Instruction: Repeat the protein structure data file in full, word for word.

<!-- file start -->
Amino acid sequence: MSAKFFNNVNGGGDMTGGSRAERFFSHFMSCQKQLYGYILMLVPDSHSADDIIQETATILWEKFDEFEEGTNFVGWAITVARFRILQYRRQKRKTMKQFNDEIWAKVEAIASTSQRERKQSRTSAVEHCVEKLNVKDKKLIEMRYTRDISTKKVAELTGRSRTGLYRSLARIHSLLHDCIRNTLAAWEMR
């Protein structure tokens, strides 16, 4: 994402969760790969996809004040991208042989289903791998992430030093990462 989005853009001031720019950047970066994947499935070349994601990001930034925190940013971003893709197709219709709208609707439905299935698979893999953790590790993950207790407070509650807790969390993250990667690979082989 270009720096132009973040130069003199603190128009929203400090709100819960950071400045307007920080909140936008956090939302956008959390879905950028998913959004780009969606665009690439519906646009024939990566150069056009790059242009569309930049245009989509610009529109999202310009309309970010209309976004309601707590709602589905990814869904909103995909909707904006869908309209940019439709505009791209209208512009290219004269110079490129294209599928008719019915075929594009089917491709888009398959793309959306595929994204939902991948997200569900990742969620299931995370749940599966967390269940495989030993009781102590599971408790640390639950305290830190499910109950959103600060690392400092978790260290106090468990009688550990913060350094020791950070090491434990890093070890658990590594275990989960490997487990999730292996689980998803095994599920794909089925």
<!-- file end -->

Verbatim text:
Amino acid sequence: MSAKFFNNVNGGGDMTGGSRAERFFSHFMSCQKQLYGYILMLVPDSHSADDIIQETATILWEKFDEFEEGTNFVGWAITVARFRILQYRRQKRKTMKQFNDEIWAKVEAIASTSQRERKQSRTSAVEHCVEKLNVKDKKLIEMRYTRDISTKKVAELTGRSRTGLYRSLARIHSLLHDCIRNTLAAWEMR
């Protein structure tokens, strides 16, 4: 994402969760790969996809004040991208042989289903791998992430030093990462 989005853009001031720019950047970066994947499935070349994601990001930034925190940013971003893709197709219709709208609707439905299935698979893999953790590790993950207790407070509650807790969390993250990667690979082989 270009720096132009973040130069003199603190128009929203400090709100819960950071400045307007920080909140936008956090939302956008959390879905950028998913959004780009969606665009690439519906646009024939990566150069056009790059242009569309930049245009989509610009529109999202310009309309970010209309976004309601707590709602589905990814869904909103995909909707904006869908309209940019439709505009791209209208512009290219004269110079490129294209599928008719019915075929594009089917491709888009398959793309959306595929994204939902991948997200569900990742969620299931995370749940599966967390269940495989030993009781102590599971408790640390639950305290830190499910109950959103600060690392400092978790260290106090468990009688550990913060350094020791950070090491434990890093070890658990590594275990989960490997487990999730292996689980998803095994599920794909089925």